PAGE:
I got asked this question in an interview when I went to work for Microsoft as an intern in 1997. You've probably heard the version with nine pills, and the safe one is heavier. What if there were twelve pills and you don't know if the safe one is lighter or heavier?

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The Story:

There once was a wise scholar of an ancient land who commited a grave offense against the king, and was sentenced to death. The king, in an attempt to put the scholar's wisdom to the ultimate test, devised an ingenious riddle.

He gave the scholar 12 tiny pills. He was told that 11 of these pills were the deadliest poison, so mortal that upon taking one a man would die in seconds. The 12th pill was a mere placebo, and was completely harmless.

The scholar was also given a simple balance scale, where he might weigh the pills against each other. He was told that all the poison pills were of the exact same weight, but that the placebo weighed differently from them all. He had only THREE tries to find the placebo and live.

Things that you can assume:

1. The difference in weight of each pill is too small to descern by touch.

2. There is absolutely no way to tell by looking at the pills which one is the placebo

Solution:

There are a number of solutions to this problem. The easiest way to explain the approach is to imagine that each pill has a letter, so you can keep track of them.

Step 1:

The objective on your first try is to rule out as many pills as you can. Weigh A+B+C+D against E+F+G+H. If they do NOT balance then go to step 2. If they DO balance, then that means A through H are all poison, and your placebo is one of I, J, K, or L.

For your second try weigh I+J against A+B, which you know are both poison.

1. If they balance then you know the placebo is K or L. Weigh K against A. If K versus A balances, then L is the placebo. If they don’t balance then the placebo is K.

2. Otherwise, the placebo is I or J. Weigh I versus A. If they balance then the placebo is J, otherwise it’s I.

Step 2:

Okay, let’s take a close look at what we know. If the pill was heavy then it will be on the side that dropped. If the pill was light then it will be on the side that rose. Your next step must accomplish two objectives. You must find out if the placebo is heavier or lighter, and you must eliminate as many pills as you can. You’re going to have to get creative.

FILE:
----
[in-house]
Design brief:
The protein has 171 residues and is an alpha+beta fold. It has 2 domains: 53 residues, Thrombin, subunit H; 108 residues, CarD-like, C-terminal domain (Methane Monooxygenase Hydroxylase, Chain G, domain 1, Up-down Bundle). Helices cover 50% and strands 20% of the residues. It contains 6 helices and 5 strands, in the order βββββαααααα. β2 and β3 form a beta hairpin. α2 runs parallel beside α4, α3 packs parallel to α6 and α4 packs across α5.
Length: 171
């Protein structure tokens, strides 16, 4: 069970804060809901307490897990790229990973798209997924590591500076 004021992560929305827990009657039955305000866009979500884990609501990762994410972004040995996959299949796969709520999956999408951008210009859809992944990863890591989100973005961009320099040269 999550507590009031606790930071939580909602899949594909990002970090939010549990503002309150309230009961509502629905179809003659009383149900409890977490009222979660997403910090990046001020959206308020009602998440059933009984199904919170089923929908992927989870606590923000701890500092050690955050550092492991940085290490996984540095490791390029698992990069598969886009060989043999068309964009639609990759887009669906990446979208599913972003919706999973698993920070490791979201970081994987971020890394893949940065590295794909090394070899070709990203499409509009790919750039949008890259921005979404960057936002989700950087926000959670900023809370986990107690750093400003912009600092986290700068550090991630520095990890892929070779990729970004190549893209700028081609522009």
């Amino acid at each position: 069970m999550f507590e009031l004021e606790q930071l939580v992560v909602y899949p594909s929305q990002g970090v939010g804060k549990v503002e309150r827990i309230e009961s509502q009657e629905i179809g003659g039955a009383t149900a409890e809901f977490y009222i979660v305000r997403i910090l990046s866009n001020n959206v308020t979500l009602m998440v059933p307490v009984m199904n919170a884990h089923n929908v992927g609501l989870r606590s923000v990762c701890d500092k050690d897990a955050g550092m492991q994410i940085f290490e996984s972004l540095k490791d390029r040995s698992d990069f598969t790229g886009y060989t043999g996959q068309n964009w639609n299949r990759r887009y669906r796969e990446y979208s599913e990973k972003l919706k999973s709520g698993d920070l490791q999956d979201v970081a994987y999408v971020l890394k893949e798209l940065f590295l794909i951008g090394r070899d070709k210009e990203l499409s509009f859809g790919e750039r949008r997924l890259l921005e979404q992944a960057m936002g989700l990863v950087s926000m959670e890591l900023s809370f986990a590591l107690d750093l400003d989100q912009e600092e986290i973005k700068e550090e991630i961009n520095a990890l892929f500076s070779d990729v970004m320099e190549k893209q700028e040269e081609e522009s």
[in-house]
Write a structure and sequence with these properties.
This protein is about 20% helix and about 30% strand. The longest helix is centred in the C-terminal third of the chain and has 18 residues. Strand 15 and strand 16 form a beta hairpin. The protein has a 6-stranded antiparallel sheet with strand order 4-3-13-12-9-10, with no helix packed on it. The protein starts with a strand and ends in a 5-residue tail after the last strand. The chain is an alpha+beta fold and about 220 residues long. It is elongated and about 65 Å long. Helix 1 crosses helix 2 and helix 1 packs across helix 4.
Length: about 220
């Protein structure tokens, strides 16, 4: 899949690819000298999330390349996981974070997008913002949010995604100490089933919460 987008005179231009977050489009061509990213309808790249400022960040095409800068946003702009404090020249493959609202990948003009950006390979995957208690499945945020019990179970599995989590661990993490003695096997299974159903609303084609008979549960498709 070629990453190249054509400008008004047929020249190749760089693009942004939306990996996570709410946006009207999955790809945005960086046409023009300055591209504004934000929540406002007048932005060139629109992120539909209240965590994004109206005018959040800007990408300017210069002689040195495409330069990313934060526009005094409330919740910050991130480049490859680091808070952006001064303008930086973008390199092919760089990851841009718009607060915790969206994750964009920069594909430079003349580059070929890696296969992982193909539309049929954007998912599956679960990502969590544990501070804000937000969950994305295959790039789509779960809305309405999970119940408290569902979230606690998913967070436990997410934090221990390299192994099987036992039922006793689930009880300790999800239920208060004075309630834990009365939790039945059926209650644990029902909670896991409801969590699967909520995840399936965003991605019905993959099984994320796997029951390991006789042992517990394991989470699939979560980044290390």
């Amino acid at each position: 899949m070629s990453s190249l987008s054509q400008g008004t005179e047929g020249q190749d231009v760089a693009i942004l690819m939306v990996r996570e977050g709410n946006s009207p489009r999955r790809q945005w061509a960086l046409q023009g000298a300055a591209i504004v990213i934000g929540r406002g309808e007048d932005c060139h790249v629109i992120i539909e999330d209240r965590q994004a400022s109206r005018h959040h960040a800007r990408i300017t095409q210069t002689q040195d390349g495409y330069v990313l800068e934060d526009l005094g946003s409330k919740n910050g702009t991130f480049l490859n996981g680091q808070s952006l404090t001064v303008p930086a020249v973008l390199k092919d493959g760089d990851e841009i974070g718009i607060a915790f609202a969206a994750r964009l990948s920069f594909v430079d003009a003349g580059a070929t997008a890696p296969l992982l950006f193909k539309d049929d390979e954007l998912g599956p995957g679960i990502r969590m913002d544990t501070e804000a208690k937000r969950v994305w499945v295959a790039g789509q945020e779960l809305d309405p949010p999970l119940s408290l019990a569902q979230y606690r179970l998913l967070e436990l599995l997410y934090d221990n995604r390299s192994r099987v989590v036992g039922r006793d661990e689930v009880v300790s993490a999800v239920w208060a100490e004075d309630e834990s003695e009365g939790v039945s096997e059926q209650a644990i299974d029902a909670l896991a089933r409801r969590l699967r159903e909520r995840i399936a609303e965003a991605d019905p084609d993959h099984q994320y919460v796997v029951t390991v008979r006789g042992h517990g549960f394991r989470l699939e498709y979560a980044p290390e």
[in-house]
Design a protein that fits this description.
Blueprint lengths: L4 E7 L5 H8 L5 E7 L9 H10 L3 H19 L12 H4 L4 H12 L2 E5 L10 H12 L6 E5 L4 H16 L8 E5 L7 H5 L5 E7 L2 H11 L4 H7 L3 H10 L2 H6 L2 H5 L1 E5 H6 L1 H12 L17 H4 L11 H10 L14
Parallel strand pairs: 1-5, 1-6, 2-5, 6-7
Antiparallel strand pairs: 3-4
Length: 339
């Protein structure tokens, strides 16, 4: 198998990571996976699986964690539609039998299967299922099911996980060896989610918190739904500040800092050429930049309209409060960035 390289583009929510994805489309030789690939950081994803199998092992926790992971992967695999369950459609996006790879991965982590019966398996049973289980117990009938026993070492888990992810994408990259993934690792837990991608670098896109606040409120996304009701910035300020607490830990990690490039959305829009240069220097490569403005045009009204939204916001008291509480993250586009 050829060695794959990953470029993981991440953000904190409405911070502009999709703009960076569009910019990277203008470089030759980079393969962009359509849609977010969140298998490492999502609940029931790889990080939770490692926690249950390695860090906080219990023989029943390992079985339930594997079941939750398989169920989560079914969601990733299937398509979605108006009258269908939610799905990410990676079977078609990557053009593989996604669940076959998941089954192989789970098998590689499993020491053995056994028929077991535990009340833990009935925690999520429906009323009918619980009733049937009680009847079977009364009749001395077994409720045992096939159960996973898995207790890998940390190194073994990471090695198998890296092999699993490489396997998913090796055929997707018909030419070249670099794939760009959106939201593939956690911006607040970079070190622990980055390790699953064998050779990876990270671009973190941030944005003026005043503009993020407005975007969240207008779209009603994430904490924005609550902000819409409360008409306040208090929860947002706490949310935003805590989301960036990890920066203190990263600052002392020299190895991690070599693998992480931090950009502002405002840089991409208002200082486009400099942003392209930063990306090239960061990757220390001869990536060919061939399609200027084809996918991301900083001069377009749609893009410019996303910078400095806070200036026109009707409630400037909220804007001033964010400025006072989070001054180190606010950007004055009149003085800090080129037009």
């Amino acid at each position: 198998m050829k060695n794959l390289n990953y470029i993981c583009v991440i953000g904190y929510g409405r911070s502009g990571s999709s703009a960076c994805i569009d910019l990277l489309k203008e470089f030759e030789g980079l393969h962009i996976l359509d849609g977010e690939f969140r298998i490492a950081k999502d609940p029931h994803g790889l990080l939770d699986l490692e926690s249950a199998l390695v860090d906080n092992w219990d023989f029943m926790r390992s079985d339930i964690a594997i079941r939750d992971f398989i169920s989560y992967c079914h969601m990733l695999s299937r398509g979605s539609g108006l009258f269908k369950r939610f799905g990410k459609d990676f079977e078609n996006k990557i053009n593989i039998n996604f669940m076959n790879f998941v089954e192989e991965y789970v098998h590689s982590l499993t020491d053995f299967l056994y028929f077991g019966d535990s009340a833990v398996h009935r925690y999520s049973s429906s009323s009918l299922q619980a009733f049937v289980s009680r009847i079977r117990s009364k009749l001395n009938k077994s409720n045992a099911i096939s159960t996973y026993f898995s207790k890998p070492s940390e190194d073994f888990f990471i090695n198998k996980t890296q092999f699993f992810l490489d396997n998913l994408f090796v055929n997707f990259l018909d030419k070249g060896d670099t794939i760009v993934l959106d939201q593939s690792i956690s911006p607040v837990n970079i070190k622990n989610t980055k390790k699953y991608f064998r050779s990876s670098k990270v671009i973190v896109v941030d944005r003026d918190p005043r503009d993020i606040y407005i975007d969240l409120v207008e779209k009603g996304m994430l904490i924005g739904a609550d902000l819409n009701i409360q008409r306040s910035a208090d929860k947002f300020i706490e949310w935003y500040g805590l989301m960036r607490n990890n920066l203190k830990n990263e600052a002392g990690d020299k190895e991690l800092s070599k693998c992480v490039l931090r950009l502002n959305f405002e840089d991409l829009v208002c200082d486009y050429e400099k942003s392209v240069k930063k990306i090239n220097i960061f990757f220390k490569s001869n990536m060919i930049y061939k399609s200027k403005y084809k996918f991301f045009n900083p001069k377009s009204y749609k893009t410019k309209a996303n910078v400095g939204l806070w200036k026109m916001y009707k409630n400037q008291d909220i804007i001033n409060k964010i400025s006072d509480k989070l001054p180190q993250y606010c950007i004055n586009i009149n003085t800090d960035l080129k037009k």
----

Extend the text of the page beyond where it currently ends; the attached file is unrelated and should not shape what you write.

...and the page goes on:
Take note of which side was heavier in step 1. Split the heavy side into two groups of two each. Next, pick any two pills from the lighter side and add one to each of the groups you made from the heavier side.

When you’re done you’ll have three groups of pills. For example, assume the left side was heavier. Your first group will have A+B+E. Your second group will have C+D+F. Your last group will be G+H.

Weigh A+B+E against C+D+F. If they do NOT balance then go to step 3. If they DO balance then your placebo is either G or H.

For your final try, weigh G against A. If G and A balance then the placebo is H, otherwise it’s G.

Step 3:

Time to dust off your skills of logical deduction. Look at which side was heavier in step 2. If A+B+E was heavier then it means that either A+B was a heavy placebo, or that F (in the right-side pan) was a light placebo. Weigh A against B. If they balance then F is the placebo. Otherwise the heavier one of either A or B is the placebo.

Otherwise, if C+D+F is heavier then it means that either C+D was a heavy placebo or that E was a light placebo. Weigh C+D. If they balance then E is the placebo. Otherwise the heavier one of either C or D is the placebo.

The key is to always pick the two from the heavier side in step 1

Example 1:

Let’s suppose F is a heavy placebo.

1. We weigh A-D against E-H. The right side is heavy.

2. We take E+F+A and weigh it against G+H+B. E+F+A sinks.

3. We weigh E against F (remember always to pick the heavy ones from step 1). We see that F is heavier, and that’s the one.

Example 2:

Let’s suppose B is a light placebo.

1. We weigh A-D against E-H. The right side is heavy, again.

2. Weigh E+F+A against G+H+B. E+F+A sinks.

3. Weigh E against F. They balance, so we know that it was the pill from the light side in step 2. That’s B

Example 3:

Suppose A is a light placebo:

1. We weigh A-D against E-H. The right side is heavy, again.

2. Weigh E+F+A against G+H+B. G+H+B is heavier.

3. Weigh G against H. They balance, so we go to the odd pill in the light pan from step 2. That’s A.

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